Tuesday, October 04, 2011


Just wanted to talk briefly about principles and how I think they are lacking in much of our society. This is not necessarily an overt religious article, but our religion informs our morality, so in that sense it is.

I find all too often, people sacrifice principles because a subjectively "good" end has been achieved. One such example is from the US, where Obama ordered the killing of Anwar Al-Awlaki, an American citizen living in Yemen. Many people believe he was an evil person bent on the destruction of the United States, and I'm not here to argue whether or not he was.

The problem with the scenario, is that as an American citizen, Al-Awlaki is entitled to a trial before he is executed, regardless of where he is located in the world. Obama chose to ignore this and decided this man was better off dead.

What I'm talking about is principles. Many people rejoice at the death of a terrorist, and I'm not here to talk about that. I'm not a pacifist and believe countries have a right to defend themselves, but I find people are far too comfortable with saying that what happened was legally wrong, but oh well, we killed a bad guy so there's nothing wrong with that.

But this violates the entire purpose of due process and the law in the first place. The legal system was established not to treat our friends properly, but to uphold the rights of our worst enemies. Once we start ignoring the law and arbitrarily deciding who is protected by it or not, then it ceases to be a "law", and becomes more of a whim.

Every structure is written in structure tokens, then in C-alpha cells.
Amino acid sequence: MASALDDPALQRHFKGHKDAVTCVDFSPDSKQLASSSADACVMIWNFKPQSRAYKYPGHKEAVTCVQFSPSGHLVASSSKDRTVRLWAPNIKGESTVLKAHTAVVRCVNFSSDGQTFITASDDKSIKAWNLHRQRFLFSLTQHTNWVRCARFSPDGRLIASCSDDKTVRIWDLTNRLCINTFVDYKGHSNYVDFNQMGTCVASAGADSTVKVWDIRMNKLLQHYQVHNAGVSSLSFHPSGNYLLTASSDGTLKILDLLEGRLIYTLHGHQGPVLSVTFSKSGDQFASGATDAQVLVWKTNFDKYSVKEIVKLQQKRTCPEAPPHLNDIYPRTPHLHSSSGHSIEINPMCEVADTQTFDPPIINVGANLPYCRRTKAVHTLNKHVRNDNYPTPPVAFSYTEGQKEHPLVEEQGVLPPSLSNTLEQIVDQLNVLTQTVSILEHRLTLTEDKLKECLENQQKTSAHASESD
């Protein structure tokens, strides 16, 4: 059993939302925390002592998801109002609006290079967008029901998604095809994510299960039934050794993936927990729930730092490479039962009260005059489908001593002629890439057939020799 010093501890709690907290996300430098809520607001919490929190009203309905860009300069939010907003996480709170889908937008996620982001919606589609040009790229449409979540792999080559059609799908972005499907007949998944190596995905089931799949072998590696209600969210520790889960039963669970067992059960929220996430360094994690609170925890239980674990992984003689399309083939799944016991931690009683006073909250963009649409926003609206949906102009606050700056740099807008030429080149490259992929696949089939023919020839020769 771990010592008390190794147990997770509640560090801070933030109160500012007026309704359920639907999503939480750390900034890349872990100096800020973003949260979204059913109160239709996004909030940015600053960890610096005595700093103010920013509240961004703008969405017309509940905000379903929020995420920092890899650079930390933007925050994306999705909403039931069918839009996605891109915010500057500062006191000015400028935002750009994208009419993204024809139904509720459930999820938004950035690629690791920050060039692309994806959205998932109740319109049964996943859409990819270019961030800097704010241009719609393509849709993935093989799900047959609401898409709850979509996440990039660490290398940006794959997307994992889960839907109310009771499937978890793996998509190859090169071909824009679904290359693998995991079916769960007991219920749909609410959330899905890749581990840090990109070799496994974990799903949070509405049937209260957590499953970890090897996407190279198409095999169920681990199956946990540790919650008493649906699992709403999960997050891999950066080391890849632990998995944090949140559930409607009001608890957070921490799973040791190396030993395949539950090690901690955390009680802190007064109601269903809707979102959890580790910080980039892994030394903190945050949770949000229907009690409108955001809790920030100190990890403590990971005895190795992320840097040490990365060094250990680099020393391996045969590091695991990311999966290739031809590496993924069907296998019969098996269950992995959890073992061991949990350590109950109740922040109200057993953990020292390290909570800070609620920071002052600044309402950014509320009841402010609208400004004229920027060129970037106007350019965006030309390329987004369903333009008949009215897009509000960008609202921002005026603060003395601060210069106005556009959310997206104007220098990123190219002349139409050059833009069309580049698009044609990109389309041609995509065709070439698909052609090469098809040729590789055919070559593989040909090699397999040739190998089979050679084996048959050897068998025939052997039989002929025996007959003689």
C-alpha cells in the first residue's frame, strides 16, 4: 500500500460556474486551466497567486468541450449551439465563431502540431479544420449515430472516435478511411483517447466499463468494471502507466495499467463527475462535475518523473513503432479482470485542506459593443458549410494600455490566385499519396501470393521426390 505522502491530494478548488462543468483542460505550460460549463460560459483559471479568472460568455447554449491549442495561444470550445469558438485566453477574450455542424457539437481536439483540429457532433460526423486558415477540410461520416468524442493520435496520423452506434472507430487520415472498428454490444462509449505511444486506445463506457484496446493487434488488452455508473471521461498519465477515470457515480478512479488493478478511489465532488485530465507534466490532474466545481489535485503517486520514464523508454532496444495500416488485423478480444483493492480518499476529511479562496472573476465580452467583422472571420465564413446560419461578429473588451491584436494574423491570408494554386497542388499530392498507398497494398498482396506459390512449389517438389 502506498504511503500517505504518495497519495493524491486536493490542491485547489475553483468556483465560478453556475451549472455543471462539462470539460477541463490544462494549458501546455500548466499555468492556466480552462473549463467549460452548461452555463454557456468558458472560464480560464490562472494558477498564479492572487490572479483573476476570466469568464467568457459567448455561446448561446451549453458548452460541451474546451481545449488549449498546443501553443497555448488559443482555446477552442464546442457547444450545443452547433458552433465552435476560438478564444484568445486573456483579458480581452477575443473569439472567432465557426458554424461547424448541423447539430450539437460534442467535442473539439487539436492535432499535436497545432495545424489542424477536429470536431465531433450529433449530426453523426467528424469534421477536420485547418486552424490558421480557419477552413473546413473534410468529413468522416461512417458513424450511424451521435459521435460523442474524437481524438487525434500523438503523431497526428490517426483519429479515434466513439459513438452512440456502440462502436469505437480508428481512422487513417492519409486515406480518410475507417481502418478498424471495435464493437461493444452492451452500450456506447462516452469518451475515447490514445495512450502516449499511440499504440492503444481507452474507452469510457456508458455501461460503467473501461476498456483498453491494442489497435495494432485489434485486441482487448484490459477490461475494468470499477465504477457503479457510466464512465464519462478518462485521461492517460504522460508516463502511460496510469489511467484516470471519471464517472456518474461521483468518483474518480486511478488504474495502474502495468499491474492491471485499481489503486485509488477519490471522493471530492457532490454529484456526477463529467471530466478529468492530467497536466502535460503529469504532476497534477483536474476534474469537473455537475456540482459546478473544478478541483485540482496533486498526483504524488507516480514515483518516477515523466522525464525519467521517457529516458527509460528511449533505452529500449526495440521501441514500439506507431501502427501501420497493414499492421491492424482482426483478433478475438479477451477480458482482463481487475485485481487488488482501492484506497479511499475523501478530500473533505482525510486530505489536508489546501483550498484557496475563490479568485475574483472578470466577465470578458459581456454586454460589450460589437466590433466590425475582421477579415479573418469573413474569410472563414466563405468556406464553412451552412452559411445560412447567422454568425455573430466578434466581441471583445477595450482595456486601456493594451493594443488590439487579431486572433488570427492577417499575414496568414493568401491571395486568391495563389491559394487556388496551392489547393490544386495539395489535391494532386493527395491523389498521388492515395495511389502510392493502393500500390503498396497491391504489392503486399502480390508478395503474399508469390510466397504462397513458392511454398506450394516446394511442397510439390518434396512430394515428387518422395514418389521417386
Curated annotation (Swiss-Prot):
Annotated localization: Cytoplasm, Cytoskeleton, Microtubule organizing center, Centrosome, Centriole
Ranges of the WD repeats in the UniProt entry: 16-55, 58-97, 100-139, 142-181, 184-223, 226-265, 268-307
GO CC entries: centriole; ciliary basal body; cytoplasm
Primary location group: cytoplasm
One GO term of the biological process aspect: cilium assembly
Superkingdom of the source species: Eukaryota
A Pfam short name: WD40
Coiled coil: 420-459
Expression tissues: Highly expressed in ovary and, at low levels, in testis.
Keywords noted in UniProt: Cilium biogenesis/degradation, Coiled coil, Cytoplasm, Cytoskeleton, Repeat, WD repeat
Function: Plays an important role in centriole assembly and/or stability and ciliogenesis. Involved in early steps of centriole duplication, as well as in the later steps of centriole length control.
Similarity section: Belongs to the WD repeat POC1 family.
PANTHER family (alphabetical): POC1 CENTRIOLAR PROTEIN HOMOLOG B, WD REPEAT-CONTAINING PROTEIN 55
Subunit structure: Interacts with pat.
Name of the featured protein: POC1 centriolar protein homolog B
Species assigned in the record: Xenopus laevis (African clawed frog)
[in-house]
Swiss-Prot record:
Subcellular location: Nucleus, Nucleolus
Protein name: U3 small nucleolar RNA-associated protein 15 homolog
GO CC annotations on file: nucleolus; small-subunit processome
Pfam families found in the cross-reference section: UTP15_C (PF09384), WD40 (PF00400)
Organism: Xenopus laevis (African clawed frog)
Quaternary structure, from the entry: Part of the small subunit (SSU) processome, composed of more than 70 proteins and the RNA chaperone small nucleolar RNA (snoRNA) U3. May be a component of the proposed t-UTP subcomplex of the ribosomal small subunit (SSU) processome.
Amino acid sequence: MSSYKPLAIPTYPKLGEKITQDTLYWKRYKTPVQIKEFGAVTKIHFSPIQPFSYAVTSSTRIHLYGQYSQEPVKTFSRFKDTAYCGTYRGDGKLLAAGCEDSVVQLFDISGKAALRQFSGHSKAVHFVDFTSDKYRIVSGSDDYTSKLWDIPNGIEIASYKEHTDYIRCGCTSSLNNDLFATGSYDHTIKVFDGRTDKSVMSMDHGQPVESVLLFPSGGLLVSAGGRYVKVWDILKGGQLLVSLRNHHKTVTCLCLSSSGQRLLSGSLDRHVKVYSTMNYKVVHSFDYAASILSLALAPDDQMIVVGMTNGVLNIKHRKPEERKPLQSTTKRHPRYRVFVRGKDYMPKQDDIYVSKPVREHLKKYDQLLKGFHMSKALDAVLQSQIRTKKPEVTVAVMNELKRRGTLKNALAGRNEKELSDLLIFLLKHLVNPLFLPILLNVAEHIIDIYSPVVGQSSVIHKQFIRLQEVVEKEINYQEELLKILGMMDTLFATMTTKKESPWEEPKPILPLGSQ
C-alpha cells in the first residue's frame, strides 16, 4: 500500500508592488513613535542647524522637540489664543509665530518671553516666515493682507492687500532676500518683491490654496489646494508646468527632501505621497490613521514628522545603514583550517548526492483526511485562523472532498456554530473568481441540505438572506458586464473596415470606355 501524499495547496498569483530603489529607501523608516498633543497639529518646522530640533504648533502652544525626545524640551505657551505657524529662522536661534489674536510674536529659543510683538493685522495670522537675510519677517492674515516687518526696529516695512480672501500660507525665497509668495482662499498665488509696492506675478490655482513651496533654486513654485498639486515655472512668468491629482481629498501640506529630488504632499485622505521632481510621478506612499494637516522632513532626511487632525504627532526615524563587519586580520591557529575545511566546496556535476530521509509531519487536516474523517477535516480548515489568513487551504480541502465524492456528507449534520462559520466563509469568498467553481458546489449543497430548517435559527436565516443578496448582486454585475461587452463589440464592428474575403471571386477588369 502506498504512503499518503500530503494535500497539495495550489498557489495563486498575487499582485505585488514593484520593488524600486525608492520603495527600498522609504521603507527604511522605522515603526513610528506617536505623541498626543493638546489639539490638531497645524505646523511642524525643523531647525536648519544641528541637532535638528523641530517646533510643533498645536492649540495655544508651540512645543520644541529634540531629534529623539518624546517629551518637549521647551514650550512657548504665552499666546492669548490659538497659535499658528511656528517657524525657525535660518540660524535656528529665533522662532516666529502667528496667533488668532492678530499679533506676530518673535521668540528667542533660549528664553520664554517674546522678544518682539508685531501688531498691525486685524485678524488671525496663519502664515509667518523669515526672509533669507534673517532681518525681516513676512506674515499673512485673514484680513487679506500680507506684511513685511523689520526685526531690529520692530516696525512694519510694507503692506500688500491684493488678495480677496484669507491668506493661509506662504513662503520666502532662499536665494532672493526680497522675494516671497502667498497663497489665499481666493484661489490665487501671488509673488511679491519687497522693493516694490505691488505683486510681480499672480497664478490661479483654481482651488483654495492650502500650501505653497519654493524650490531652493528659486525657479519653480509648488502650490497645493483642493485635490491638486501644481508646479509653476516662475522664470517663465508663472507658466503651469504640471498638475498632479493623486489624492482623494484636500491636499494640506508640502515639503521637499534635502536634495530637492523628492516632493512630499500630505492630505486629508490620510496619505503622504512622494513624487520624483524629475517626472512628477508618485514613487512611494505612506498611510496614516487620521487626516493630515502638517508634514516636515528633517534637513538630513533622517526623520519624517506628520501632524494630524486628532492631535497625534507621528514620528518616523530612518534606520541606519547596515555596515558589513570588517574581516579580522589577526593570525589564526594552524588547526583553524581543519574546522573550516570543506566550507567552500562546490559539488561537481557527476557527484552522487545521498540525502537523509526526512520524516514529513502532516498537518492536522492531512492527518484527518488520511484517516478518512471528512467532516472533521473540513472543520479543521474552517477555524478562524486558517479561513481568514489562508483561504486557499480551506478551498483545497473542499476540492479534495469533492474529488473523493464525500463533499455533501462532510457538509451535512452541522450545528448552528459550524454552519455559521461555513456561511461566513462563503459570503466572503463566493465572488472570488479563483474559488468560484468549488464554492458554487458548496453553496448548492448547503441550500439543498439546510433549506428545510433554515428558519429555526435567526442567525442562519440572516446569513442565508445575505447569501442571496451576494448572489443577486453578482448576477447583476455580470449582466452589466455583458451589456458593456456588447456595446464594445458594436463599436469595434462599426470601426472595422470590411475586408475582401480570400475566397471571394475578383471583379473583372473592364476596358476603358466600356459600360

This man was not convicted, he was only suspected. That's why countries like Canada and the US have court systems. Even Jeffrey Dahmer, or Paul Bernardo and Karla Homolka received a trial and were sentenced according to the law. No one would argue that these are good upstanding citizens. Indeed, most believe they are evil and reprehensible. Yet even for these individuals, there is a trial in an official court of law.

I'm sure not too many people would shed many tears if Jeffrey Dahmer was murdered after what he did, but does that give the government the right to assassinate him in the absence of real evidence in a court of law?

Once we go to this point, we start using vigilante justice, and the whole legal system is in jeopardy.

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